Dave Faries here, recalling tales told by family members from their days in uniform. Although they saw quite a bit of combat, the accounts passed on to me as a teenager tended to be self deprecating, with flashes of humor to distract from the horrors of war.
One had an uncle on a trail in Germany’s Hürtgen Forest probing carefully for a booby trap after coming across a much prized Luger, holstered with the belt tucked neatly—and quite suspiciously—underneath. In his telling, another soldier watched briefly then muttered “what the hell,” picked up the souvenir and wandered off.
A different uncle shared the time he was on outpost duty during the Battle of the Bulge when a German patrol happened by. According to his story, they filed by, watching him carefully until disappearing into the distance. When an officer approached later and asked why he had not fired off a warning, my uncle said matter of factly, “I didn’t want to get shot.”
When he spoke about the airborne drop across the Rhine River, adding that it was his favorite battle, a relative casually related how he landed in a tree, crushed his ankle cutting himself down, and thus spent the day sitting under the tree guarding prisoners. Missing from his version was the jump from 1,000 feet in daylight under heavy fire in which paratroopers dangling from branches were choice targets.
That’s as close as the zip of bullets or crash of artillery got to most of the reminiscences they handed down, at least when I was young. There was a hungry cousin who couldn’t wait out a barrage in Vietnam and climbed out of his hole to find food, so you knew danger was there. But by the time I was old enough to press for more, they were gone. At least I have a trove of stories that make me smile.
Perhaps they would not tell of fear or death, even had I asked. Some things you don’t want to remember. In his memoir of his time in the American Revolution, Joseph Plumb Martin wrote of taking careful aim at a British soldier and pulling the trigger. Black powder smoke obscured what happened. Looking back decades later, Martin admitted that he hoped he did not find his target, even though he intended to at the time.
We all have missed opportunities to learn more, to hear more, to recognize what America’s veterans gave to the country and the world. And we know that time in combat can have tragic consequences, even years later. An average of 20 veterans a day die from suicide. Many are homeless. All have stories to tell.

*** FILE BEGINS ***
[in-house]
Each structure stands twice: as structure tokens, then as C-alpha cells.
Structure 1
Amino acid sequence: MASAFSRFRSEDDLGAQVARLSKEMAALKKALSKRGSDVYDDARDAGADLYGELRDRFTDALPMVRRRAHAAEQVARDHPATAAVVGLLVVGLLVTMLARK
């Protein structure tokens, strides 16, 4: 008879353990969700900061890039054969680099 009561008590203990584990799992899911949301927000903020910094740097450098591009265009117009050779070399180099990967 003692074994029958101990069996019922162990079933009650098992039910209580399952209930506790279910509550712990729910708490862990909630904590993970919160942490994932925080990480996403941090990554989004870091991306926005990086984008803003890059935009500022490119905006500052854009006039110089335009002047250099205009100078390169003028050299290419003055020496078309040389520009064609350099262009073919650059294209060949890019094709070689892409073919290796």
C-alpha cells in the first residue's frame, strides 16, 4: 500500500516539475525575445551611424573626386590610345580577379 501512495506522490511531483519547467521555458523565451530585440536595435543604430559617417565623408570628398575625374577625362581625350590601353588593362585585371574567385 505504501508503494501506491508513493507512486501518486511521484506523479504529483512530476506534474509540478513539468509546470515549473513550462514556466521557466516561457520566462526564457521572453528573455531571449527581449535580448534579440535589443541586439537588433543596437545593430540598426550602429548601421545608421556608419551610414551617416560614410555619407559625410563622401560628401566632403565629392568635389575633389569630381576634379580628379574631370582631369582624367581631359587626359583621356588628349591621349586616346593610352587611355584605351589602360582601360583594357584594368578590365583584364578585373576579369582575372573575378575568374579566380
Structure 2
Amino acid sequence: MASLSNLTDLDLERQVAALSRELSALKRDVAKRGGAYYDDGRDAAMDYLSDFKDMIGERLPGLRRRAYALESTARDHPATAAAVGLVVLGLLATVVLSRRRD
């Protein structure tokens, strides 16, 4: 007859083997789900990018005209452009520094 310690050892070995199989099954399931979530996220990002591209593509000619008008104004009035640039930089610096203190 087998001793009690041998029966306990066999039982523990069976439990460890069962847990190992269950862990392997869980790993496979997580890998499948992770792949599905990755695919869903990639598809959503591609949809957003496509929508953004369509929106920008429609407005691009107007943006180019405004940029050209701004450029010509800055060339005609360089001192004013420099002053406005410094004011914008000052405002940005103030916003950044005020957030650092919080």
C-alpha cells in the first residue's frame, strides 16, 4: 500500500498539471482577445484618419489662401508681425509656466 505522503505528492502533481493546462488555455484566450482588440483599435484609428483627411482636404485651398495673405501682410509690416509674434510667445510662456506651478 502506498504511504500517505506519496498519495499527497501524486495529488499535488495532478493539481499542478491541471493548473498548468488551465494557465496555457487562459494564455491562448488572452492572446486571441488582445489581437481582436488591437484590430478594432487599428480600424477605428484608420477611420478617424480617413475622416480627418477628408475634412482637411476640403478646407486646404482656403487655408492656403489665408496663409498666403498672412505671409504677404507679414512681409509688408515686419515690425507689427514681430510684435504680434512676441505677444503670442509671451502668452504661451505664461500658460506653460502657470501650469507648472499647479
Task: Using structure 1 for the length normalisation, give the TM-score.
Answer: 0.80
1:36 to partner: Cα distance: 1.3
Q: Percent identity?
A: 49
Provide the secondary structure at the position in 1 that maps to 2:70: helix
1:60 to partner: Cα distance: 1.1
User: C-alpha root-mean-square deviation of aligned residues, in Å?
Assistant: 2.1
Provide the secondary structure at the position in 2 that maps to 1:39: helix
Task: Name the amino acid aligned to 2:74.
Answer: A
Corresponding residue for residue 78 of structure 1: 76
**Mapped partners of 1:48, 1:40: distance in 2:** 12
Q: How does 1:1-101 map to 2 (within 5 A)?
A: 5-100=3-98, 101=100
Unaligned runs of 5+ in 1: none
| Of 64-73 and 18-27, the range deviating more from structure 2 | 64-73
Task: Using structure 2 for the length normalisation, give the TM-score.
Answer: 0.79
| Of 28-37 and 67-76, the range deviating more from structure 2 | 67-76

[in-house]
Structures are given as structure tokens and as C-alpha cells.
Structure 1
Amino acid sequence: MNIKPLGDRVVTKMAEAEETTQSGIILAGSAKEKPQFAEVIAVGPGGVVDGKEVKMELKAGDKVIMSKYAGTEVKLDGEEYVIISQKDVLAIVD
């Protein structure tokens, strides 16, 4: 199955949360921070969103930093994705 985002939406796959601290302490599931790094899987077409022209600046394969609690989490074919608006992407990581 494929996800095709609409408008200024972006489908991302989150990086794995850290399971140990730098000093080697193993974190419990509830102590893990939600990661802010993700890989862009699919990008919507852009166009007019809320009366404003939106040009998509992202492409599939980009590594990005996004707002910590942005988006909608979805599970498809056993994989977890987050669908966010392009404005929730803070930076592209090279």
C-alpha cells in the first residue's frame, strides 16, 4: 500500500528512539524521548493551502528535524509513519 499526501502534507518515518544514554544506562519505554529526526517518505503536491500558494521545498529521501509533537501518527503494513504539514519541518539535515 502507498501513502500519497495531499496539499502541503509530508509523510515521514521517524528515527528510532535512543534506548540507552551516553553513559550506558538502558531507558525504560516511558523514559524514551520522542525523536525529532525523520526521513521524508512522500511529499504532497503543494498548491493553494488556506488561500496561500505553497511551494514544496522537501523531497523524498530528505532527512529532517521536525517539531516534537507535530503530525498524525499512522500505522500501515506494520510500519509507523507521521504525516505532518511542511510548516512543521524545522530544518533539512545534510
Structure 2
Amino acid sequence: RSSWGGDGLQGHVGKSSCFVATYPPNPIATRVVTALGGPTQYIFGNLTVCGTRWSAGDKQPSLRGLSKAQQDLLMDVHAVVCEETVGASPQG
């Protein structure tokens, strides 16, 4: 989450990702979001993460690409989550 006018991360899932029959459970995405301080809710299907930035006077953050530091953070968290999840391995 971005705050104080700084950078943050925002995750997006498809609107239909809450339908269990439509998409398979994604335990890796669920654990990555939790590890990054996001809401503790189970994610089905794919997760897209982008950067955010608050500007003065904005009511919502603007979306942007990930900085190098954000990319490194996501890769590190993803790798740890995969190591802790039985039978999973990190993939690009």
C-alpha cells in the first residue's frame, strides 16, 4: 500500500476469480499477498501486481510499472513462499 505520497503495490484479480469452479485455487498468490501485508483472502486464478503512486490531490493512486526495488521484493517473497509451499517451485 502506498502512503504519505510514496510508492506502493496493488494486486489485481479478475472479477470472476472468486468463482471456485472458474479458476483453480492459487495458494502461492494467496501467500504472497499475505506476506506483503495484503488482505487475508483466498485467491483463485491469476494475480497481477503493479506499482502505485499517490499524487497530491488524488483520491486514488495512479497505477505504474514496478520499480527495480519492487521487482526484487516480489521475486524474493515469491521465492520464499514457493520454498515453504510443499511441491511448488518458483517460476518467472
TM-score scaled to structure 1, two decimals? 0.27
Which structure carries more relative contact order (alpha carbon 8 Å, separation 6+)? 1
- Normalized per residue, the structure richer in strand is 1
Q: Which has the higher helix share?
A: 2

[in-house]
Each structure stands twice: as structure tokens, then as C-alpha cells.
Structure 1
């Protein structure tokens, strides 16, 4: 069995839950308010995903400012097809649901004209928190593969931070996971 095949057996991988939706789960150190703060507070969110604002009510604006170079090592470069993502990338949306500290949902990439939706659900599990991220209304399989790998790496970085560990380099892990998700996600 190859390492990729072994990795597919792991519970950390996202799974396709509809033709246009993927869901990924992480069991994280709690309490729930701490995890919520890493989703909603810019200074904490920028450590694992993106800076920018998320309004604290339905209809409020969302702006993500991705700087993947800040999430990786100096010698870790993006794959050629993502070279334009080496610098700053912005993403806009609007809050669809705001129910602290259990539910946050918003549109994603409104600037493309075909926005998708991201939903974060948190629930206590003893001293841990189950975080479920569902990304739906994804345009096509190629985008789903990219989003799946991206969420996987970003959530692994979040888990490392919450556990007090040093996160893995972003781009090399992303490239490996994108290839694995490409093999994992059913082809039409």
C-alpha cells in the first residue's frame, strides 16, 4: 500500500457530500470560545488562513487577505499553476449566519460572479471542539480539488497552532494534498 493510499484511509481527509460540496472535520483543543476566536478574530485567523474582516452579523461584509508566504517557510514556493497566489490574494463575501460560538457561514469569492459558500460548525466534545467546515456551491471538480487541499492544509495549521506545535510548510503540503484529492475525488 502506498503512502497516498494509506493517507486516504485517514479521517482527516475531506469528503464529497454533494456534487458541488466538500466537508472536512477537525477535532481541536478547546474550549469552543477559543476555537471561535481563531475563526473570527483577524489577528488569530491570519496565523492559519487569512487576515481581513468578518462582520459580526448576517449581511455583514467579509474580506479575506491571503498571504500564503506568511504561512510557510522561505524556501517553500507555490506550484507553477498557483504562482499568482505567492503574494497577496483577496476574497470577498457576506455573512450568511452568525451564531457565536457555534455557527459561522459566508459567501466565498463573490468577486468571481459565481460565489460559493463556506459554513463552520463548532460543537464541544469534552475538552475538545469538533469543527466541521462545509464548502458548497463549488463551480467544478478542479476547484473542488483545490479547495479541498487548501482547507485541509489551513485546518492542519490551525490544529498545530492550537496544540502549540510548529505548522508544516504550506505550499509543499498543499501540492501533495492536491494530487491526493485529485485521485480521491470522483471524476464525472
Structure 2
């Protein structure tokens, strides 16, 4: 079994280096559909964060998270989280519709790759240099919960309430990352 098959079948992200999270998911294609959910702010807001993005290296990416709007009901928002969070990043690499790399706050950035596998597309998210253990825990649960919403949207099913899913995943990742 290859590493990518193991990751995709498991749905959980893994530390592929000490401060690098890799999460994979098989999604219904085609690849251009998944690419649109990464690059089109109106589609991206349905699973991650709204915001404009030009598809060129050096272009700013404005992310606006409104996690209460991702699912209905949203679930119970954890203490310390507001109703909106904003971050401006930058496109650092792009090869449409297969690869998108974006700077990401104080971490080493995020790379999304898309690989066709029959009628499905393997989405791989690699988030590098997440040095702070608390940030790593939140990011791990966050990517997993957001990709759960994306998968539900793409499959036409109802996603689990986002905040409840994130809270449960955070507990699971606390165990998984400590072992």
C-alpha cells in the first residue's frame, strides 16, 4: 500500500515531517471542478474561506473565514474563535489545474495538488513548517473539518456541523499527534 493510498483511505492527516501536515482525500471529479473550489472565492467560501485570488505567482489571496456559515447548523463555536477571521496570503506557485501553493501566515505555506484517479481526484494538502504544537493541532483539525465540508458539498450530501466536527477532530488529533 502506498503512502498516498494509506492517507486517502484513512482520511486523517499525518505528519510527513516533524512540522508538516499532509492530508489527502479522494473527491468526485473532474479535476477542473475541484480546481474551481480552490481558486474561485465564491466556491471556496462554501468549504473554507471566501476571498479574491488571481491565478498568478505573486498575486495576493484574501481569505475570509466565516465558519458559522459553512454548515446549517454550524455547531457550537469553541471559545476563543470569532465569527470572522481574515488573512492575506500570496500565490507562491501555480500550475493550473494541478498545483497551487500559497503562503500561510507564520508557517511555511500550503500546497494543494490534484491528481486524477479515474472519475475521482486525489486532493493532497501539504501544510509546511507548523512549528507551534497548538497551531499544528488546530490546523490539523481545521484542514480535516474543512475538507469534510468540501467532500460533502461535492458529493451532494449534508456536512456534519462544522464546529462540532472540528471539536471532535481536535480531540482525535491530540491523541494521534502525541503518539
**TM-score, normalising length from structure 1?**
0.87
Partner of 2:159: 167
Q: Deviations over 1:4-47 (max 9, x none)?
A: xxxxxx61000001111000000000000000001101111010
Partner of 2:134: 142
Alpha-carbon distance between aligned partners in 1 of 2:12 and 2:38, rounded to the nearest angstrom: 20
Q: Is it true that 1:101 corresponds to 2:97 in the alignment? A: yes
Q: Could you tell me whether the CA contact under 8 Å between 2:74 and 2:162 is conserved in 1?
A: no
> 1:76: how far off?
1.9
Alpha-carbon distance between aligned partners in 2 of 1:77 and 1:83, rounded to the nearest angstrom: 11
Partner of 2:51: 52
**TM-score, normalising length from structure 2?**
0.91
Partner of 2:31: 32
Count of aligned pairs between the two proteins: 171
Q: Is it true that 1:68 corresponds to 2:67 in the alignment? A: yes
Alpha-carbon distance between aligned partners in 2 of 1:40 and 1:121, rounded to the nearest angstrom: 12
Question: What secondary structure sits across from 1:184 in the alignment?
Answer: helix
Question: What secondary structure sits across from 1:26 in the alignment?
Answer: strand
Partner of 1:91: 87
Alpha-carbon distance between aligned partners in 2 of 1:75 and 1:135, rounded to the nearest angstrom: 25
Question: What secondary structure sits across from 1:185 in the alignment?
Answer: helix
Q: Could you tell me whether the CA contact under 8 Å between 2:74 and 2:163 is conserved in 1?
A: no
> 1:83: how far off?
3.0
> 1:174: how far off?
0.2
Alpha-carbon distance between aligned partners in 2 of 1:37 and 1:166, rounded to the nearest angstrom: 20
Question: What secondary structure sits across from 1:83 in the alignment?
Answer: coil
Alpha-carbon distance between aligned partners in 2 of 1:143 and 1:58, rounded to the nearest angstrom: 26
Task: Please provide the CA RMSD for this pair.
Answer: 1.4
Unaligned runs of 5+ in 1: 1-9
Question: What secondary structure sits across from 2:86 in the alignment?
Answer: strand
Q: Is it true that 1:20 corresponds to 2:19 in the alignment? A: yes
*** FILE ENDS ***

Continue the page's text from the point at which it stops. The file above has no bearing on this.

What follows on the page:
One day of flag waving and parades, under the circumstances, does not seem like enough. Yet we’ve set aside a day of recognition, and it’s a worthy gesture.
Across Monterey County tomorrow—Veterans Day—there are ceremonies, celebrations, parades and presentations. Some events are solemn, others more joyous, but all with the purpose of giving due recognition to those who donned a uniform, whether in times of peace or war.
Downtown Salinas hosts the 11th annual Veterans Day Parade Thursday afternoon. It should be one of the larger events in the county. The Pacific Grove Chamber of Commerce and city of P.G. team up to celebrate the holiday with an event at Lovers Point. In Seaside, American Legion Post 591 gathers at the California Central Coast Veterans Cemetery.
On Thursday morning, the Cannery Row Rotary Club welcomes Kurt Schake, executive director of the Veterans Transition Center as guest speaker. American Legion Riders District 28 starts off their busy schedule for the day by setting up flags at Veterans Memorial Park.
Some events take place all week or over the weekend. For instance, the Raven Drum Foundation hosts a storytelling and music concert in support of veterans on Sunday at Folktale Winery. And a few are a bit unexpected, such as free whale watching for those who served.
There are many more ceremonies and discounts, large and small. These are opportunities not to be missed.